A fast-growing tree that forms thick strands. Native to Australia, New Caledonia, and New Guinea, Melaleuca quinquenervia, commonly known as paperbark, thrives in swampy areas. Listed as a federal noxious weed, thousands of acres have been invaded in Florida to the detriment of native plants. Besides that, the pollen produced from paperbark causes ½ to 2 million dollars a year in allergy treatments for Floridians. In Hawaiʻi, paperbark has naturalized on all the main islands. Propagule pressure is substantial due to the 1.7 million trees that were planted. This species is flammable and grows back fast after a fire disturbance.
Furthermore, paperbark is allelopathic. Chemicals released by this species inhibit the germination and growth of other species. The Division of Forestry and Wildlife of the Hawaiʻi Department of Land and Natural Resources has designated this species as one of Hawaiʻi’s Most Invasive Horticultural Plants.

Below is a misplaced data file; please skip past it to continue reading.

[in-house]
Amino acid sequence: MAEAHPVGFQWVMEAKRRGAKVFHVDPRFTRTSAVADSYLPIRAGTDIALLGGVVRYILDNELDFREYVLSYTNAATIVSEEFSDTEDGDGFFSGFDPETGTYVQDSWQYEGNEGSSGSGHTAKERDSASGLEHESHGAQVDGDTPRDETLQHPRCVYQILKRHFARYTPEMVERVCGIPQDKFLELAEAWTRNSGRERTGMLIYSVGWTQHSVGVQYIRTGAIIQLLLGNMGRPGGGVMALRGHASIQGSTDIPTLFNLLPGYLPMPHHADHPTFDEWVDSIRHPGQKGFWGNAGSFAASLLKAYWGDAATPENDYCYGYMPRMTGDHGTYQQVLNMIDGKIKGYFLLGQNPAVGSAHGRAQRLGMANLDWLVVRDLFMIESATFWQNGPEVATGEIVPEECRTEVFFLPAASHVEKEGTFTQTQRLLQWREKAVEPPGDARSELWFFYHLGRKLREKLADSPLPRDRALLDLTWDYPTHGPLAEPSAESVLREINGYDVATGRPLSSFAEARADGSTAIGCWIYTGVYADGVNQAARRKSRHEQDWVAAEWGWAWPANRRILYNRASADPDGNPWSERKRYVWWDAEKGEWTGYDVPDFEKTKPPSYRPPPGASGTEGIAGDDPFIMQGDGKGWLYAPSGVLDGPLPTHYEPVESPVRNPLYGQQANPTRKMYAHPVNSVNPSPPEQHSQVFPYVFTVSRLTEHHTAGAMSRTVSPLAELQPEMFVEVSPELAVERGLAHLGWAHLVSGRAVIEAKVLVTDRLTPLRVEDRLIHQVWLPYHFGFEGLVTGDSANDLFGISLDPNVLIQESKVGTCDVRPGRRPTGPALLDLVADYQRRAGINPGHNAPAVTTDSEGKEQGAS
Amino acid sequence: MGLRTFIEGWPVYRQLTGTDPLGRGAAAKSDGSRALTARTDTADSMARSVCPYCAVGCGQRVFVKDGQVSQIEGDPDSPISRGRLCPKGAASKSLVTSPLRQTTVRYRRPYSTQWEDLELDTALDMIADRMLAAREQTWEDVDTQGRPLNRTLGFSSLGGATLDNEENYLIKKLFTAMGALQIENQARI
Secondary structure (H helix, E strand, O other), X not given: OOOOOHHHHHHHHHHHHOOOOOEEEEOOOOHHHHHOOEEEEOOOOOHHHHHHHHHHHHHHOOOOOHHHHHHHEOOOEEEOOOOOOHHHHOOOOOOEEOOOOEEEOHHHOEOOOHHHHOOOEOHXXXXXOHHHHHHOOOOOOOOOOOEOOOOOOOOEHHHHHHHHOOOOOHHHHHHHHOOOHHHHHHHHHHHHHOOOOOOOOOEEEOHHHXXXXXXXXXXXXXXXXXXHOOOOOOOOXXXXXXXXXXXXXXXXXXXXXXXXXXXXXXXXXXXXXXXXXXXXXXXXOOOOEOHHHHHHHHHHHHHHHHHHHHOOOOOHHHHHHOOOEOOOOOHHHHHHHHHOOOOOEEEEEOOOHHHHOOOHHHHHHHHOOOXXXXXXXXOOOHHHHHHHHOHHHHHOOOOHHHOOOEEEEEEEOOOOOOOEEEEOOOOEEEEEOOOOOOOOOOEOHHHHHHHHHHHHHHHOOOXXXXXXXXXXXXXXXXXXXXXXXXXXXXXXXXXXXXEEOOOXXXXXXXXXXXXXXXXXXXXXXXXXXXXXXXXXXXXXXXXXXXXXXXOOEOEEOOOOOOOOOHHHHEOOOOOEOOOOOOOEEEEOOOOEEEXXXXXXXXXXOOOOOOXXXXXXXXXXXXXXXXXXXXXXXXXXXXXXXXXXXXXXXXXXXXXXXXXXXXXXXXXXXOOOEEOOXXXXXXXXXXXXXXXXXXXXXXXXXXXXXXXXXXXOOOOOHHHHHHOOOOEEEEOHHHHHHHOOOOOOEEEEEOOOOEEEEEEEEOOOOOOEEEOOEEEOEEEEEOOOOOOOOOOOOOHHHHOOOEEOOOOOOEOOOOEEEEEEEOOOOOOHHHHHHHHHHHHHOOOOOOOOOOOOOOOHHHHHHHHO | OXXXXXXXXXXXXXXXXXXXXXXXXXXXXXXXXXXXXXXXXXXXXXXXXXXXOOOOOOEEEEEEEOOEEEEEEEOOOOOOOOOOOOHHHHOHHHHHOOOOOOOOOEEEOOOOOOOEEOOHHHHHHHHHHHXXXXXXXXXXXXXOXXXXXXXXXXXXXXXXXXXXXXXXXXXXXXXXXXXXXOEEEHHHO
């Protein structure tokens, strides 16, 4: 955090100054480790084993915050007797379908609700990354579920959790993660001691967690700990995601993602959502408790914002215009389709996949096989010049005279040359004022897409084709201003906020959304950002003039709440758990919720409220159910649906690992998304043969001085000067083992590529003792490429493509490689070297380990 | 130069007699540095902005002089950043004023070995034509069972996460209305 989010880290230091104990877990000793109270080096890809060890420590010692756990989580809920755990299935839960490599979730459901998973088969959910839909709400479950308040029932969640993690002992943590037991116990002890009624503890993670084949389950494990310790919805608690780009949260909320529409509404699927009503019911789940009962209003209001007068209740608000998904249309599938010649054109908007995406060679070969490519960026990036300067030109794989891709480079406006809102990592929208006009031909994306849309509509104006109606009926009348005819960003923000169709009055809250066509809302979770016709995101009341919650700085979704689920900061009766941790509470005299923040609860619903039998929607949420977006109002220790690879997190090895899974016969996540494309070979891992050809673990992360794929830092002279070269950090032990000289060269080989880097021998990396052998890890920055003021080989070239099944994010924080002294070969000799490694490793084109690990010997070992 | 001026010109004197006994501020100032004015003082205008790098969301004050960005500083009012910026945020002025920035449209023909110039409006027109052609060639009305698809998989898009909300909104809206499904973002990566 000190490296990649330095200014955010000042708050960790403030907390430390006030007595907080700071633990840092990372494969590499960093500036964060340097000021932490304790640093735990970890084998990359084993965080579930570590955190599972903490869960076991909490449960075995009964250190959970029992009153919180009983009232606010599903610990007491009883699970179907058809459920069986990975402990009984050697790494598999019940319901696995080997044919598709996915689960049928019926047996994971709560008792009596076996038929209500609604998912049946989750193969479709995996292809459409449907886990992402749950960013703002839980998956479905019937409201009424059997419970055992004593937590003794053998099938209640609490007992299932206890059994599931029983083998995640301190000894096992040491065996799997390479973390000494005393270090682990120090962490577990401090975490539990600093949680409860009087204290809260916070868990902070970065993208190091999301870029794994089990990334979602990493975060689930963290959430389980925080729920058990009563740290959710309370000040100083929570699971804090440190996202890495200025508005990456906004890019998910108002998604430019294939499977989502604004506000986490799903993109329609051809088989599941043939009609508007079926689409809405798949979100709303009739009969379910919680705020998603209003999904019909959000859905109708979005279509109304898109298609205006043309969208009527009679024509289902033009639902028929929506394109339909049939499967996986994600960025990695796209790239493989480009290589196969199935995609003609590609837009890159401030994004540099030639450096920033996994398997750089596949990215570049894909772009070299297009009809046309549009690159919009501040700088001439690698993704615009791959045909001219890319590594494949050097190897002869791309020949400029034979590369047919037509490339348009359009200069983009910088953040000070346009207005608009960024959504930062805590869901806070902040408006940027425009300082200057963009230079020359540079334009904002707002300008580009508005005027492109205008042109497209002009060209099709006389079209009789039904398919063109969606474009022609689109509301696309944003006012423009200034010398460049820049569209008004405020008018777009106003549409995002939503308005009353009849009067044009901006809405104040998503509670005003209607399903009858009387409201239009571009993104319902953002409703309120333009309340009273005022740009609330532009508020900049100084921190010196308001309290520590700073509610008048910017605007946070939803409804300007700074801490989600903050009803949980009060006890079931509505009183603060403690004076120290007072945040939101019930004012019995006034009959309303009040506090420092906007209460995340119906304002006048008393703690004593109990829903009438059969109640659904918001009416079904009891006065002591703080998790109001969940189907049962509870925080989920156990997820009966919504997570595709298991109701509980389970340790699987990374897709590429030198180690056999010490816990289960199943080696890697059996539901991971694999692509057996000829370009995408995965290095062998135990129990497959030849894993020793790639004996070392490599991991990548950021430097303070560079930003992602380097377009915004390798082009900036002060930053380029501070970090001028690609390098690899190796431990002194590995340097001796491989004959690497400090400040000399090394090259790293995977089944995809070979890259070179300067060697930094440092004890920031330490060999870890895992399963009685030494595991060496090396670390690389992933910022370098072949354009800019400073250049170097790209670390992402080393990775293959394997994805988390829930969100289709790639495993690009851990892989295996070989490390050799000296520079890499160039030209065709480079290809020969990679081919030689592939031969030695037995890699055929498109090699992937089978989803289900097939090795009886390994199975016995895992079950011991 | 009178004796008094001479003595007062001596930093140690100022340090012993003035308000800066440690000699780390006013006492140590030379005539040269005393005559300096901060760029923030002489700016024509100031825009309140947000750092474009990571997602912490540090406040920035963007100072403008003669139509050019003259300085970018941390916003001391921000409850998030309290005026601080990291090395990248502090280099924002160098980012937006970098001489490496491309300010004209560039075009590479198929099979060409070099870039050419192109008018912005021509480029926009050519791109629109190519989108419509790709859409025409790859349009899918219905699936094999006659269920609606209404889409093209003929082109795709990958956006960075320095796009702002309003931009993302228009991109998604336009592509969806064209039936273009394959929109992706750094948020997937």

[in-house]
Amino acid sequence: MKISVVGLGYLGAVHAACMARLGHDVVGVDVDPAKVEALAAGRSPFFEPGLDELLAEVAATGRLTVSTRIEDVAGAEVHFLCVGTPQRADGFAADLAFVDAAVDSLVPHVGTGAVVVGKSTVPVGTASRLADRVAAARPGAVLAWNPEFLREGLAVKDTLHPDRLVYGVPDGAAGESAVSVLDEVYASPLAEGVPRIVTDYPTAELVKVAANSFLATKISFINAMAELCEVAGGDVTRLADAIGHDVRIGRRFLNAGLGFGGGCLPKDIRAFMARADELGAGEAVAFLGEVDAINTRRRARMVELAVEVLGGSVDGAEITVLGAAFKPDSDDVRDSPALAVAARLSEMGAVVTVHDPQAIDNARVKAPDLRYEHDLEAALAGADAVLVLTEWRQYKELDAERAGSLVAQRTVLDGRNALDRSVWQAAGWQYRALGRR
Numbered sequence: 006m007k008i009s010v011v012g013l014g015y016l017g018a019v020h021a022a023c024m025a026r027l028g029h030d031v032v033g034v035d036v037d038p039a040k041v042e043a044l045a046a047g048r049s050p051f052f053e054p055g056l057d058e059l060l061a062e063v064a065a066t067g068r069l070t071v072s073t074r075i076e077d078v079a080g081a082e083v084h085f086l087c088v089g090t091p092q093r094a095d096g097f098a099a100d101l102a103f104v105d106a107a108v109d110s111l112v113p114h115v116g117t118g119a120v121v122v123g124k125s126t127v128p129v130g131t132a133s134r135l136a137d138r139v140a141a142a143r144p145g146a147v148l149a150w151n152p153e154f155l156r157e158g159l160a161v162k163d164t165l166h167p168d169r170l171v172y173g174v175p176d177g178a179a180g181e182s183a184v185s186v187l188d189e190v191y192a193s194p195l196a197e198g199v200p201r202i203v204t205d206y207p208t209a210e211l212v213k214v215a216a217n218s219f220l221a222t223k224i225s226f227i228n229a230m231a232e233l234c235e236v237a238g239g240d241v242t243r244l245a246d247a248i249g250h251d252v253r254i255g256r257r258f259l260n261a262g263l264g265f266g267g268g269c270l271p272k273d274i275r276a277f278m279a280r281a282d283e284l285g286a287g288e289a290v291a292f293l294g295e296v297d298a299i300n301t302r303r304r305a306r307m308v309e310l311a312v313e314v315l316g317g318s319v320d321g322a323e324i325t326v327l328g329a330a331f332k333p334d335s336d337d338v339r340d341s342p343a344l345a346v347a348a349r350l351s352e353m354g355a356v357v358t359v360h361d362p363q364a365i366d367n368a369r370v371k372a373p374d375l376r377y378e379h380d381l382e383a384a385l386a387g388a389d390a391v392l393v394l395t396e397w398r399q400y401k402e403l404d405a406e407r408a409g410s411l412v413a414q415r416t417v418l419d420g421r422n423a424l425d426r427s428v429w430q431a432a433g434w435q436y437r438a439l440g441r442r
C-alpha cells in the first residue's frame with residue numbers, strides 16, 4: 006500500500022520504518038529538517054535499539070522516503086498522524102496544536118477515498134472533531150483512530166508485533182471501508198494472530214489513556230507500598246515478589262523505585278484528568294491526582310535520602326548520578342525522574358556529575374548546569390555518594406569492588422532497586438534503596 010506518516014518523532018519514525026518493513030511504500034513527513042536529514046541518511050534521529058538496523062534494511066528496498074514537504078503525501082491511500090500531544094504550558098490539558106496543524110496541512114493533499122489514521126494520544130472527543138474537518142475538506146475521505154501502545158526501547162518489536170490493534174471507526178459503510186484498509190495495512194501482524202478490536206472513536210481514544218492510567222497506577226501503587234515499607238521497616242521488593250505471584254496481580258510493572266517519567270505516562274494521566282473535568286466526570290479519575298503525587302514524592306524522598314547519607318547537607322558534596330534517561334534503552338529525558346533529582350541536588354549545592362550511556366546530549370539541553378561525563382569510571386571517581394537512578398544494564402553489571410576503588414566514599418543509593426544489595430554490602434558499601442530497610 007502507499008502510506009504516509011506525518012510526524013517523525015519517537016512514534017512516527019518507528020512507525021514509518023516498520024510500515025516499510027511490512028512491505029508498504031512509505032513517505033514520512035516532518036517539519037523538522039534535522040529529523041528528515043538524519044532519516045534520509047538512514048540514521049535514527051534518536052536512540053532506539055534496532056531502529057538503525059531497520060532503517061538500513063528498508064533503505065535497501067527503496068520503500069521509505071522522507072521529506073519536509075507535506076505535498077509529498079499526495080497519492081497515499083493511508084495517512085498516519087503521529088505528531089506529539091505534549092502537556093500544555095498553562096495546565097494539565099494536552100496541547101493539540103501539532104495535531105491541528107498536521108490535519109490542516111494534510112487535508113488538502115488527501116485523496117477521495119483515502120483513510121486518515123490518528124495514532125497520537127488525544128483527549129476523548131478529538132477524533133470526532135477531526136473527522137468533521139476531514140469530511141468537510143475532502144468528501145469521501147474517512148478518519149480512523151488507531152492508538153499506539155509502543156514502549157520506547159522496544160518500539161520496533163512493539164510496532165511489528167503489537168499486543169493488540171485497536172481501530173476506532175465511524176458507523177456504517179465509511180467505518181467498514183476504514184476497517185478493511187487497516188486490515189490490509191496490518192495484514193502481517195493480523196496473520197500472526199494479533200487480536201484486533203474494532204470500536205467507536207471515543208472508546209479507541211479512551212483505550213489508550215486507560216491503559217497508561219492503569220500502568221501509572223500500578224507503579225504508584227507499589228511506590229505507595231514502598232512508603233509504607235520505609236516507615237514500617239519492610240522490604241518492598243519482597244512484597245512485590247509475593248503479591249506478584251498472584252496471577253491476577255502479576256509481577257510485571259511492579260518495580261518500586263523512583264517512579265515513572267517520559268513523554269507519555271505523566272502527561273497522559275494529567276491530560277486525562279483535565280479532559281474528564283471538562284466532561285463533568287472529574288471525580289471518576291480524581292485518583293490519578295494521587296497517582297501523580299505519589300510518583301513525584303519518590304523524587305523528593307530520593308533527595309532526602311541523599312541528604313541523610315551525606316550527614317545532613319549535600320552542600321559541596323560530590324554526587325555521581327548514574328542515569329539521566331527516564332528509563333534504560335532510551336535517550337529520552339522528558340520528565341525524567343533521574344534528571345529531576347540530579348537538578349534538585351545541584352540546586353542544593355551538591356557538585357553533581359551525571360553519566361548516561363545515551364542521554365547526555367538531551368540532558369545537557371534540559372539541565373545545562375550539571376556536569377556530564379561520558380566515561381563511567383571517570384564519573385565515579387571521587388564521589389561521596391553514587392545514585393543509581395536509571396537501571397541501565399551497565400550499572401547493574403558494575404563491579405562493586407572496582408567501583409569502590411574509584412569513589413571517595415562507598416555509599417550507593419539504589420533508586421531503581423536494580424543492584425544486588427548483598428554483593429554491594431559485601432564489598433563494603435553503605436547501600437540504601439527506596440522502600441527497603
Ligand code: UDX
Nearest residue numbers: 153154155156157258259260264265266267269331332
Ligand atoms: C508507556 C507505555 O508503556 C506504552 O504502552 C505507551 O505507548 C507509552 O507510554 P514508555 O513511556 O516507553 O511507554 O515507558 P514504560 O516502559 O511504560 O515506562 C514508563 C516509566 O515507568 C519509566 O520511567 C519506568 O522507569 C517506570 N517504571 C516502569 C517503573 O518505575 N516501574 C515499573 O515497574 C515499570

Description and Dispersal:
- A tall tree up to 75 ft with thick, spongy, tan bark that peels in papery layers
- Narrow leaves (3.5 in long by 0.6 in wide) with 3-5 prominent veins grow in an alternate pattern
- Flowers are cream colored and grow in 'bottlebrush' spikes; small woody fruits are button-like seed capsules
- Seeds are dispersed by wind and water, large numbers of seeds are stored in the tree and released after a disturbance occurs